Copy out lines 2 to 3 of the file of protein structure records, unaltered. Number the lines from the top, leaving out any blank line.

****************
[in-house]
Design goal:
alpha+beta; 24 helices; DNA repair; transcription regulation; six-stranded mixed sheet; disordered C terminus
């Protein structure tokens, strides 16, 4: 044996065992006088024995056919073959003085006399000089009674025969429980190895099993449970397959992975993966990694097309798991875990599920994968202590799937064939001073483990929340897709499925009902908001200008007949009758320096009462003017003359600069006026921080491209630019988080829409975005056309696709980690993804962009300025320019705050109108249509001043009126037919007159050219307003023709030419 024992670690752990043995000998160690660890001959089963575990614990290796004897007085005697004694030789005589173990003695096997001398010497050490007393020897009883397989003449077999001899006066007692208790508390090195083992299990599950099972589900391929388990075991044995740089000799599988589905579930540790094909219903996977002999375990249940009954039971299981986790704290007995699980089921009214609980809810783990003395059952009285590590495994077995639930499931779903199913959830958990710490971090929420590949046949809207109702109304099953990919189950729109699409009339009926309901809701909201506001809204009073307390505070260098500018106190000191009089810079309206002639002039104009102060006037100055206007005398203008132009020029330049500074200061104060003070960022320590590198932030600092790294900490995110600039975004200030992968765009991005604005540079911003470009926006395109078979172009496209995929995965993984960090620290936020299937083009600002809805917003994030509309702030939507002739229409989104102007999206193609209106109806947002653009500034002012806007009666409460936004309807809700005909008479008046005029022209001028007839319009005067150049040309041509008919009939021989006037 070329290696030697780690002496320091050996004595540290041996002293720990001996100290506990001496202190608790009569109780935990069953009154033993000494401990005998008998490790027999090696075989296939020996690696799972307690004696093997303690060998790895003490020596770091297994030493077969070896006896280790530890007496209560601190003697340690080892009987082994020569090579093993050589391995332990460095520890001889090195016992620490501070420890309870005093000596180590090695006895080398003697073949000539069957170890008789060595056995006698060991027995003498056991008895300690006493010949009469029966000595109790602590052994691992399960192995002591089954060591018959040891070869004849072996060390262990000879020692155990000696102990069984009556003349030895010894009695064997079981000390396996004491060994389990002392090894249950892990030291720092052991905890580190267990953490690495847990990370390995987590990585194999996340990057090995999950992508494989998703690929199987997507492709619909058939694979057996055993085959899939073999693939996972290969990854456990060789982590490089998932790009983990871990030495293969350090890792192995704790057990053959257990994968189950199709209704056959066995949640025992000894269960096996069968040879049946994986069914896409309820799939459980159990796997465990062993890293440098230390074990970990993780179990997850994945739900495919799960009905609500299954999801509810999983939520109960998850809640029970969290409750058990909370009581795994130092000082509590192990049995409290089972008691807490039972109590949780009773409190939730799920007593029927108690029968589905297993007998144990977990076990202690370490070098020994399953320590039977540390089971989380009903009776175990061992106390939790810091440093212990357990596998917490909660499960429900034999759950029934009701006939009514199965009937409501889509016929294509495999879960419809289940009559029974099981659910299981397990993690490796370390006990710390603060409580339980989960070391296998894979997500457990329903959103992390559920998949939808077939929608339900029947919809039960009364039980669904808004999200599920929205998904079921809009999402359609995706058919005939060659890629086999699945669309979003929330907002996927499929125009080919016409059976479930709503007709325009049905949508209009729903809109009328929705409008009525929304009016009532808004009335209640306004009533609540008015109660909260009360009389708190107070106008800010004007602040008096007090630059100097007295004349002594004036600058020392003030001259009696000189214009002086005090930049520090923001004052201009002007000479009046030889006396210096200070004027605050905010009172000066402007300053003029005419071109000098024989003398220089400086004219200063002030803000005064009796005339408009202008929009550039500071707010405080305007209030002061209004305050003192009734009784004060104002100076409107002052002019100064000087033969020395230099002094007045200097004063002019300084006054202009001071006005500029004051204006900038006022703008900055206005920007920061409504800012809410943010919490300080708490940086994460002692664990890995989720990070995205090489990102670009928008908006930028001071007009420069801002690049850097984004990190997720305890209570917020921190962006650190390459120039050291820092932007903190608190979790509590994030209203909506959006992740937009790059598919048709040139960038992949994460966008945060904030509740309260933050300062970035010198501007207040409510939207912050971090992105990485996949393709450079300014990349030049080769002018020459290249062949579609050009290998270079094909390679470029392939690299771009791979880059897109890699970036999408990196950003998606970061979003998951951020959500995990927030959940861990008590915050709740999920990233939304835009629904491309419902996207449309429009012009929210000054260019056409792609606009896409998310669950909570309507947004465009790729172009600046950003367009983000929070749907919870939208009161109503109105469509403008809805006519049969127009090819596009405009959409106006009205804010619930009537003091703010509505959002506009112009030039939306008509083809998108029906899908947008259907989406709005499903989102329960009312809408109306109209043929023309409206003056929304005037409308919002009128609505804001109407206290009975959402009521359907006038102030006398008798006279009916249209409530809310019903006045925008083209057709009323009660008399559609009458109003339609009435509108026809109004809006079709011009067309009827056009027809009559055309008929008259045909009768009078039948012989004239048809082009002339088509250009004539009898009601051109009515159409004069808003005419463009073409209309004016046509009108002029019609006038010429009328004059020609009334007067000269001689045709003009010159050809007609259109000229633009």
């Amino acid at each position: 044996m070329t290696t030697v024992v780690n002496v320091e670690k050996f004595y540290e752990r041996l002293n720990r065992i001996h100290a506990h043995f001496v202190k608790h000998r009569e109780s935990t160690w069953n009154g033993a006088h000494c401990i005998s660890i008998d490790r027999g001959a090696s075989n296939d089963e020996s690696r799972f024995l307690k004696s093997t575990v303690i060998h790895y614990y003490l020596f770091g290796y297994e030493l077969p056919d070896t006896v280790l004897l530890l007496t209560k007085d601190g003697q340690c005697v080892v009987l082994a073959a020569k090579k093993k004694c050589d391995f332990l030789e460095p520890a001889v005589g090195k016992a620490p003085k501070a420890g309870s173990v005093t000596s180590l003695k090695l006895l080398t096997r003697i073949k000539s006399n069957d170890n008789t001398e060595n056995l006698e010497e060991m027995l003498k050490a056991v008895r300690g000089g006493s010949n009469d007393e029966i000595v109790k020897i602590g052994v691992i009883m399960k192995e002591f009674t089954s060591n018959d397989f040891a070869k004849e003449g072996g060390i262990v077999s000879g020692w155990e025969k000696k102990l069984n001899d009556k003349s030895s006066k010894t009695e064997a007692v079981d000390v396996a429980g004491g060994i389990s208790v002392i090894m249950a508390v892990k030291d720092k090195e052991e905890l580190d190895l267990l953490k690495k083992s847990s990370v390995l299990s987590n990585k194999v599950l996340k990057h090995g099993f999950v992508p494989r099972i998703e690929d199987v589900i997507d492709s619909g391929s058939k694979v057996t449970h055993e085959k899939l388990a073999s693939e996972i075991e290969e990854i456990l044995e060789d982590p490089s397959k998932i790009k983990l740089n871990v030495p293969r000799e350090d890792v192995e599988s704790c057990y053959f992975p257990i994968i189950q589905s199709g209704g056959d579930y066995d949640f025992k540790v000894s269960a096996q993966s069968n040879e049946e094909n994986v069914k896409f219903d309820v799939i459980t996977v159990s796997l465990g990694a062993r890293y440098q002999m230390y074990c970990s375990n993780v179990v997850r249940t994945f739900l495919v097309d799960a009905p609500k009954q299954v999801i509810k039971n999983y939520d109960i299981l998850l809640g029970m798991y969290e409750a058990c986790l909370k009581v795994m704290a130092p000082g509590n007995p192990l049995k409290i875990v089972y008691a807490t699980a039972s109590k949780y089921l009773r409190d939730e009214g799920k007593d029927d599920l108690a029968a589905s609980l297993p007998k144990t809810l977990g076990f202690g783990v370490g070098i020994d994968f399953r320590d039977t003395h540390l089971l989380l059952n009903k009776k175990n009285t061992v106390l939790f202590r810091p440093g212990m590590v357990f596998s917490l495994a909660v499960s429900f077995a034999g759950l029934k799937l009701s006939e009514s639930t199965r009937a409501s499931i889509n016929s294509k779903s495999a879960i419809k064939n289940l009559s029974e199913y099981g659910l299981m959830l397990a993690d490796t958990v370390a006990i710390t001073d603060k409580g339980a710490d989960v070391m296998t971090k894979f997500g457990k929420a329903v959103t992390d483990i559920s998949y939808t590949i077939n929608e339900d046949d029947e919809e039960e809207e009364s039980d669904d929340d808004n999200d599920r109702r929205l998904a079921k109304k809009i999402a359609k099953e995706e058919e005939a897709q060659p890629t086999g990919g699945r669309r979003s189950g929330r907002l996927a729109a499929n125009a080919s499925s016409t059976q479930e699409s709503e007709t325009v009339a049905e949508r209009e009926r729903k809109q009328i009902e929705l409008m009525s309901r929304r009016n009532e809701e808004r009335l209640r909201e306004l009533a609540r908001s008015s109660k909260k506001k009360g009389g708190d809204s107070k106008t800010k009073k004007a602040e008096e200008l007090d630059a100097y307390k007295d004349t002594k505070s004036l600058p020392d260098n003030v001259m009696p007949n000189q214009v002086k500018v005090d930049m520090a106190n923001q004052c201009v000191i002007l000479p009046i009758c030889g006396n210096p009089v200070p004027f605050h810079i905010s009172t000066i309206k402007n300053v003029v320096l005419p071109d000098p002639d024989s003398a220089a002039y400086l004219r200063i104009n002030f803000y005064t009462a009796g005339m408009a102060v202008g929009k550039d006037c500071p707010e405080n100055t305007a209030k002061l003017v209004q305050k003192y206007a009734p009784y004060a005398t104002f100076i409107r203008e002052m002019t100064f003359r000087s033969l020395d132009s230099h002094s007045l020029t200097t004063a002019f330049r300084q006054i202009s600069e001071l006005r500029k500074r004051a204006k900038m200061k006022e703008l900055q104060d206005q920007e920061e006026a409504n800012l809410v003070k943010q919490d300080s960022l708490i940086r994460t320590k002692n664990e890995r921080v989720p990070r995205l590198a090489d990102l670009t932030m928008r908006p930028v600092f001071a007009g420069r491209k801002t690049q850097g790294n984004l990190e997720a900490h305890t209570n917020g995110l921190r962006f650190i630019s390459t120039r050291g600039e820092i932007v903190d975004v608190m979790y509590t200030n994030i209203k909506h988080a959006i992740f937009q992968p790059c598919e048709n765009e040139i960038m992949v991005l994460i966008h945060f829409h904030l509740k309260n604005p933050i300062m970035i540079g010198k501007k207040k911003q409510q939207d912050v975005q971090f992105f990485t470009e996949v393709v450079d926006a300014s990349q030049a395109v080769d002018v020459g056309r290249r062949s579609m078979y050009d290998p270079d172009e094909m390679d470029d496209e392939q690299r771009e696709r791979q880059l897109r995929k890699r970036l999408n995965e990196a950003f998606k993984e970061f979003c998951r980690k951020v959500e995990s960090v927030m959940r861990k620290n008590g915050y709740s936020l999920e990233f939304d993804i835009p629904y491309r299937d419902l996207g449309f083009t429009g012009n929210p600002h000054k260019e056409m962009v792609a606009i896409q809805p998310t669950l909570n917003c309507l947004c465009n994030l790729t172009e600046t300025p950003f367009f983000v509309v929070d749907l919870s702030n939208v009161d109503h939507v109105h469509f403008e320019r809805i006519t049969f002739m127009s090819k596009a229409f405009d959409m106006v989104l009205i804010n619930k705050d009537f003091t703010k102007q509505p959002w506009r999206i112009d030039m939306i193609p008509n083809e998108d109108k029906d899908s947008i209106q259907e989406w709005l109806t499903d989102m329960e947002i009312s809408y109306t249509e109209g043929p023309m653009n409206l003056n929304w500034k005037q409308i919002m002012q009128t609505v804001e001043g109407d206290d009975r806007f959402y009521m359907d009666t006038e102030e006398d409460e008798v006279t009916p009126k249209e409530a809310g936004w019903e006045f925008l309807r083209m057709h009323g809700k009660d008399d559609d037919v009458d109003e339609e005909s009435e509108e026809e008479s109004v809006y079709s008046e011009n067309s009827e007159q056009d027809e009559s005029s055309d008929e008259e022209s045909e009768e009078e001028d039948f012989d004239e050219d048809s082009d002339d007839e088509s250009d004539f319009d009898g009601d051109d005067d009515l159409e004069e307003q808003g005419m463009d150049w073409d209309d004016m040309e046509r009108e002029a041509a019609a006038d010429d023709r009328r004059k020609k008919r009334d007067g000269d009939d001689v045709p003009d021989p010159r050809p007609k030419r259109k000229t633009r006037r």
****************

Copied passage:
Design goal:
alpha+beta; 24 helices; DNA repair; transcription regulation; six-stranded mixed sheet; disordered C terminus